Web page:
Doris has best of the wurst
Grabbing a "bratwurst from Doris" is a Saturday morning ritual for many Nelson Market regulars, and the queue of hungry market-goers that stretches from her mobile brick-covered stall behind the Montgomery Square toilet block is testament to that.
Those who have discovered the delights of Doris Faulhaber's German sausages should thank the lucky stars that she met her Kiwi hubby Andre Delaurier on her travels around New Zealand 16 years ago.
The story goes that Delaurier, an electrician, was busking on the streets of Rotorua when the couple met and fell in love.
After returning to Faulhaber's native Germany, the couple decided to move to Aotearoa and start a sausage-making business.
The rest is Nelson Market history.
Moving to Nelson, they initially started making and selling only traditional German sausages, but over their 13 years in business they have expanded their products to include a range of sausages, small goods, smoked meats and salamis.
Faulhaber first learnt how to make traditional sausages as a 15-year-old when she trained with a German butcher in traditional sausage-making.
She's from Wuerzburg in Bavaria, and Faulhaber says her sausages are made to a traditional Bavarian recipe from her native Lower Frankonia province.
The couple make all their products themselves at premises in Hope, and all her products are gluten and dairy free.
Nelson's Saturday market was where she got her start, and she now also sells her products at the Farmers Market at Founders Park on Fridays and at the Motueka Market on Sundays. Faulhaber has a stall, too, at the Arts Centre in Christchurch and supplies other customers by mail order.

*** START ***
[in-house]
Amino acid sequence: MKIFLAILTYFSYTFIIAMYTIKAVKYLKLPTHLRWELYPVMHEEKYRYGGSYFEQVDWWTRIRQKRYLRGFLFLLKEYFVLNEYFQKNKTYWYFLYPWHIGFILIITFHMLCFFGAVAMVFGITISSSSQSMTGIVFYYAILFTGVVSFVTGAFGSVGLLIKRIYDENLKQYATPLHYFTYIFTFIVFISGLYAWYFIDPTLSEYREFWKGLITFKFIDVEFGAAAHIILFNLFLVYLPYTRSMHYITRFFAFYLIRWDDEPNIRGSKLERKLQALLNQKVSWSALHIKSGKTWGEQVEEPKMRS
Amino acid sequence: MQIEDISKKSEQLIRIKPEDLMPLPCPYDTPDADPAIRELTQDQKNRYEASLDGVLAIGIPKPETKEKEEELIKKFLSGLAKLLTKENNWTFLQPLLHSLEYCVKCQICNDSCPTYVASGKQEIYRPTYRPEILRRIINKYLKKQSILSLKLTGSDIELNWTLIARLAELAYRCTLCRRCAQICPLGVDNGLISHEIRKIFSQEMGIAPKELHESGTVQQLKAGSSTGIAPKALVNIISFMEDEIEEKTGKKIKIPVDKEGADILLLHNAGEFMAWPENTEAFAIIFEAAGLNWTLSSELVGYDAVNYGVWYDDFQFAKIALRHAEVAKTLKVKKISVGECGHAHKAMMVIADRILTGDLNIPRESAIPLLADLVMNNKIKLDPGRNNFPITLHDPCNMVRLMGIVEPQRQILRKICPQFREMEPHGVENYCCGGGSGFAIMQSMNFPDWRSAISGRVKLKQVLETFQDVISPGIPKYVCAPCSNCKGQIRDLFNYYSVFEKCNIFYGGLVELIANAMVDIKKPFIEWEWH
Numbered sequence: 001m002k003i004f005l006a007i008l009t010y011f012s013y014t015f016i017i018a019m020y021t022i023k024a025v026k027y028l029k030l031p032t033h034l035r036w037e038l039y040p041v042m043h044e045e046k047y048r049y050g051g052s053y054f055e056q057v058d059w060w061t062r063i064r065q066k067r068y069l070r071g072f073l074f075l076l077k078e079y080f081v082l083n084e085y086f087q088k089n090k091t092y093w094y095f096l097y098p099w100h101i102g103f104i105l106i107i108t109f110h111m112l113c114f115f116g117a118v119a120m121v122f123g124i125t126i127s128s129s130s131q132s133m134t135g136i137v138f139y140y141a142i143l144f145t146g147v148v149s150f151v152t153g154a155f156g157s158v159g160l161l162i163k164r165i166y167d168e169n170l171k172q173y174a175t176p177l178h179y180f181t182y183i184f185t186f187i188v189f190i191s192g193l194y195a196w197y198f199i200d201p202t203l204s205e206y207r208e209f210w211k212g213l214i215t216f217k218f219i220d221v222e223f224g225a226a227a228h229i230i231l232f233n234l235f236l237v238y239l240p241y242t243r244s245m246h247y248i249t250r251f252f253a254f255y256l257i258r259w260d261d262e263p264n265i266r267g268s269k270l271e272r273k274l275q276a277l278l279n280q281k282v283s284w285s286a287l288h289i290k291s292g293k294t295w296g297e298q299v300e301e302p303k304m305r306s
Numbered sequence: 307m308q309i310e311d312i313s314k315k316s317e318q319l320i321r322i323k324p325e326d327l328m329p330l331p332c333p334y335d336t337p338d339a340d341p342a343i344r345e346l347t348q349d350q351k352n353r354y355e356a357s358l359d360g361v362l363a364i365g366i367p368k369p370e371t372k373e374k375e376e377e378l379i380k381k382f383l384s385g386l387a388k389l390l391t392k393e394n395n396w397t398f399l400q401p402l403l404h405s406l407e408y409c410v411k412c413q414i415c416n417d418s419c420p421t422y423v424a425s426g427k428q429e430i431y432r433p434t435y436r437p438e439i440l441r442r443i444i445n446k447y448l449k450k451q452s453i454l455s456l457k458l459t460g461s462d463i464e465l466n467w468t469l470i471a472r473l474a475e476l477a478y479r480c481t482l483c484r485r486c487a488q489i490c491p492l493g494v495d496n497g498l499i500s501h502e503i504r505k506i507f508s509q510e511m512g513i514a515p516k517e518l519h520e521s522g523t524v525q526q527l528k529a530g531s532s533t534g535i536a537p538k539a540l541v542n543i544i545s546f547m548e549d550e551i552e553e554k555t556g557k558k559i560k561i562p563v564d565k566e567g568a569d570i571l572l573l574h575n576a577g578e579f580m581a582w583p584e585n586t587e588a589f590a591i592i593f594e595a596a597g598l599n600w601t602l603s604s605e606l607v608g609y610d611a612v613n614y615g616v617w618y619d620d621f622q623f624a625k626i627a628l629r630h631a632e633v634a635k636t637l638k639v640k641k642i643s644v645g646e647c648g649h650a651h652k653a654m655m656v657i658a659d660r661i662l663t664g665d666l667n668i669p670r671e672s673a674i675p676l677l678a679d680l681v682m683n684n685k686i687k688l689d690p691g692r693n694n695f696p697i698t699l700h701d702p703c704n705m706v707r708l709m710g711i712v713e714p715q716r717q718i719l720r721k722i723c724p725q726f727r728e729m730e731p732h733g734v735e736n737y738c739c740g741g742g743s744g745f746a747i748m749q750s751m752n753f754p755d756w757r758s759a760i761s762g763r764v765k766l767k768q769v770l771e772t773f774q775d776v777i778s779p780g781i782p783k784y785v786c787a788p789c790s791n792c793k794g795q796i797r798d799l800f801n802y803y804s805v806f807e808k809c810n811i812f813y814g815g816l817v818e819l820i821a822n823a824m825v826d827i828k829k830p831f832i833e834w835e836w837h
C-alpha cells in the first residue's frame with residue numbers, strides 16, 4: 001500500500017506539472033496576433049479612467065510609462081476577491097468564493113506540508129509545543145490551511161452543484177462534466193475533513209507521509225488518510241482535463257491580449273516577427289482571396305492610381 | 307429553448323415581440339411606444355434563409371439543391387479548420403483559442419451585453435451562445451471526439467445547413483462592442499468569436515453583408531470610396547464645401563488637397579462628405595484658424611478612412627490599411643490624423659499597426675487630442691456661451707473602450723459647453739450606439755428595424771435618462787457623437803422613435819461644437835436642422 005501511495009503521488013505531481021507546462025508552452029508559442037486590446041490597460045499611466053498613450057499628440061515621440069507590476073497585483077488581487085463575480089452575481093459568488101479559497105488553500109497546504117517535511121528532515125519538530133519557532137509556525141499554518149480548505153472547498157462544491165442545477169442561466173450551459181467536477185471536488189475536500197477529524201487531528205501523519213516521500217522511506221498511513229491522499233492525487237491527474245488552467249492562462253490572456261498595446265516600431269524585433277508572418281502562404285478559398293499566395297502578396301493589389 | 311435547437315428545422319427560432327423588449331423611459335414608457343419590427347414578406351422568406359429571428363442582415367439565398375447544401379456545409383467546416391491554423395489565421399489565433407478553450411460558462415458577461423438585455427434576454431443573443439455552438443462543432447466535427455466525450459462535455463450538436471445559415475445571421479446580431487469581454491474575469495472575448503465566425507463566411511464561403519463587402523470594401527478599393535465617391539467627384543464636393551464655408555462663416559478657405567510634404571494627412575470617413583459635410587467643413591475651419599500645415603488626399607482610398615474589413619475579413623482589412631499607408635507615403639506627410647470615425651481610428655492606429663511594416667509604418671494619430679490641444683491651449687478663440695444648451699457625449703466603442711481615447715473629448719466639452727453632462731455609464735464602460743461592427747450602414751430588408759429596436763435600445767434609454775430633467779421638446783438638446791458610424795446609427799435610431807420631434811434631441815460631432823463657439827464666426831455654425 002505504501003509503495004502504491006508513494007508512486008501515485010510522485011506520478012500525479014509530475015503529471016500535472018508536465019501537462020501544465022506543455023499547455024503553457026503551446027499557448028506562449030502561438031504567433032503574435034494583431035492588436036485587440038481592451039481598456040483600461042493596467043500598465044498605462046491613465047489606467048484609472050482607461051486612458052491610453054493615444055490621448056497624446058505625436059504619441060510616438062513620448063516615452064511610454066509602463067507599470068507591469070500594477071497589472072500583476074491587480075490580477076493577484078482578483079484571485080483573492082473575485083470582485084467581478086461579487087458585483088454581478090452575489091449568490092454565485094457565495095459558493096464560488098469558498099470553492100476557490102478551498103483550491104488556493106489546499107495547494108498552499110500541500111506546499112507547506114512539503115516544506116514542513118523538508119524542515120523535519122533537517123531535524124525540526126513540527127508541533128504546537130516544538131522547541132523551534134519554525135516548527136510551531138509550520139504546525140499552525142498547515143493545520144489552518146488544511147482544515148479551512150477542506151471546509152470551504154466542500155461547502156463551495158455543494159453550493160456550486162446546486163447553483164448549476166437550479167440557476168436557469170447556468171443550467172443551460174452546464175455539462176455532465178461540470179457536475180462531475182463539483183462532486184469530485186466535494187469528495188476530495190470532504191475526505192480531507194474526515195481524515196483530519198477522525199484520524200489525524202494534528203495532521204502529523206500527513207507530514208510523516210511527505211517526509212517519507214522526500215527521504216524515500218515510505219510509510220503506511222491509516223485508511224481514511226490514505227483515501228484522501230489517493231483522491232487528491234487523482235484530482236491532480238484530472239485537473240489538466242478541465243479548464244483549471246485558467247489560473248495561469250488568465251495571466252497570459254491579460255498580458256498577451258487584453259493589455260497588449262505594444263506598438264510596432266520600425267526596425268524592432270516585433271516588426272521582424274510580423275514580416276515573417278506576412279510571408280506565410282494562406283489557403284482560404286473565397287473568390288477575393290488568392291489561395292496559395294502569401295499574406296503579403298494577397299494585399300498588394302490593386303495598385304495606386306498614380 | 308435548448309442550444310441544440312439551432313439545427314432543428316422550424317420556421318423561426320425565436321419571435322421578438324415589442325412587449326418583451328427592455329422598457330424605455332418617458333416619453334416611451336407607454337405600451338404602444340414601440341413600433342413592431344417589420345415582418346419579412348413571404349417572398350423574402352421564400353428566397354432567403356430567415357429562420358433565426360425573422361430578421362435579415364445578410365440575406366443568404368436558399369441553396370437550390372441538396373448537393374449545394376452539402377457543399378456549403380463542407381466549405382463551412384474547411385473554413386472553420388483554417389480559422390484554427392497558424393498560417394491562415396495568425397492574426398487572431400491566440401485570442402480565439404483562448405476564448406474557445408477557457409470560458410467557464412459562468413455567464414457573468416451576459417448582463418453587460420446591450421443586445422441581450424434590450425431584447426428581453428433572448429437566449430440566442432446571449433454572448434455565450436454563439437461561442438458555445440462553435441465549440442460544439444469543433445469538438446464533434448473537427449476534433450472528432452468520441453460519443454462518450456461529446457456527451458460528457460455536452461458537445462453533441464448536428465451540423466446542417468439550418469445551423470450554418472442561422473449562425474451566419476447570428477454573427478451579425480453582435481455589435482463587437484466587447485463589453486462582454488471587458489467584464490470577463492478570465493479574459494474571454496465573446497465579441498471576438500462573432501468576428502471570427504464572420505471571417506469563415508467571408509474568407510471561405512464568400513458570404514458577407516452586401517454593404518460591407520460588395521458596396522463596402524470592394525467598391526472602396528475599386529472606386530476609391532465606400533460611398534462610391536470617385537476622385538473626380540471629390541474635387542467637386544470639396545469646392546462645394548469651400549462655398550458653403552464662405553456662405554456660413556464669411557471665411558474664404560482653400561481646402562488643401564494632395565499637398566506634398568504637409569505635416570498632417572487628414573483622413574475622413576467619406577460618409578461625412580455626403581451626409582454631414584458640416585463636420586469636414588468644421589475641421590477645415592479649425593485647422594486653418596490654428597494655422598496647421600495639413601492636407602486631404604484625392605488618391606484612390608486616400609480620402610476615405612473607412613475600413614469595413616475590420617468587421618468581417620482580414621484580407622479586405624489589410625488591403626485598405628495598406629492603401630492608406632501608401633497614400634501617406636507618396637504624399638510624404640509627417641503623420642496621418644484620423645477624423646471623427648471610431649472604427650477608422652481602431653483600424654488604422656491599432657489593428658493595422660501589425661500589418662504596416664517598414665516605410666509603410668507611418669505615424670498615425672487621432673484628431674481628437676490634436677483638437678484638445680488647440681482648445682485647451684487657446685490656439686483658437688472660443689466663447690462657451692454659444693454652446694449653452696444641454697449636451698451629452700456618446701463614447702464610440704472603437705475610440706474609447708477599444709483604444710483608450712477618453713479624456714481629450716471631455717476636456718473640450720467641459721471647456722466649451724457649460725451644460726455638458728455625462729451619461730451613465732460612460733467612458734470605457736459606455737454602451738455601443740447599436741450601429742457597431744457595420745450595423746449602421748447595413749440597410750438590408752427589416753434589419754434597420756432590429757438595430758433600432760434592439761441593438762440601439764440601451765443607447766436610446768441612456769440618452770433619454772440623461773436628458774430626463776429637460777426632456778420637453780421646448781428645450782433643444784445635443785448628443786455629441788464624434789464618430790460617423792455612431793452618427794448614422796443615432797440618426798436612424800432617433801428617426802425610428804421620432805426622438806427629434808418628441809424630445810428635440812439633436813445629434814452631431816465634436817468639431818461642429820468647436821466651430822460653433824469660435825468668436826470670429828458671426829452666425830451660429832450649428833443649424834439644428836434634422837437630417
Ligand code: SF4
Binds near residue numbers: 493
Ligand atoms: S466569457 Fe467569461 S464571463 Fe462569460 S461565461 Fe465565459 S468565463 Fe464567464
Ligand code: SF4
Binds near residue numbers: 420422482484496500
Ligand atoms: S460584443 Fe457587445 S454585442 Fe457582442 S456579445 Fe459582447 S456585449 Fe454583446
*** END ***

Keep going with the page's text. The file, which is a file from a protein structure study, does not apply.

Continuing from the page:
Bratwursts are by a long way her most popular product. She doesn't know how many she sells on a typical Saturday but says "it's a lot".
She suggests, however, that those able to wean themselves off them or keen to try something new pick up some of her German smoked meats or smoked speck, which she says are just the ticket for popping into winter soups and stews.
Despite the early morning frosty starts ("I just put on three extra layers"), Faulhaber says she loves the markets and meeting up with her regular customers, whom, she says, are her most important clients. "It's (the market) my most favourite part of the whole job."
The good news for avocado lovers is that produce sellers at the market are starting to sell new season's hass avocados grown in the warmer climes of the North Island. A bag of four ready-to-eat organic avocado can be picked up for $5 or sell for $1.50 each.
Hass (rhymes with pass) avocados are the most common avocados grown in New Zealand. They are the oval-shaped avocados with a green knobbly skin that darkens as it ripens. Hass avocados are available from August to May, but are most plentiful from October to March.
Market Fresh has been told that the supply of this season's reed avocados - the large round variety with a thick pebbly green skin, which stays green as they ripen - should be coming to an end. Reed avocados are in season from February to June.
The health benefits of avocados are well known, with the New Zealand avocado website nzavocado.co.nz saying avocados contribute nearly 20 vitamins, minerals and phytonutrients. They are the only fruit with "good" monostaturated fat and contain lutein (a natural antioxidant) which, research suggests, might help maintain healthy eyesight.
Markets in the region
Nelson Market, Montgomery Square, Saturday, 8am-1pm.
Founders Farmers Market, Founders Heritage Park, Friday, 3pm-6pm, Nelson.
Sunday Market, Montgomery Square, Nelson, Sunday, 8am-1pm.
Motueka Market, Decks Reserve, Sunday, 10am to 3pm.
Foxhill Farmers and Community Market, Rutherford Hall, Wakefield-Kohatu Highway, on the third Saturday of the month from 10am to 2pm.
Moutere Market, the Moutere Inn, 12pm-3pm Saturdays.
- Market Fresh is a new, weekly column in Fresh in which Sally Kidson looks at the people, produce and products at Nelson's markets. Sally can be contacted at 035462885 or by emailing firstname.lastname@example.org.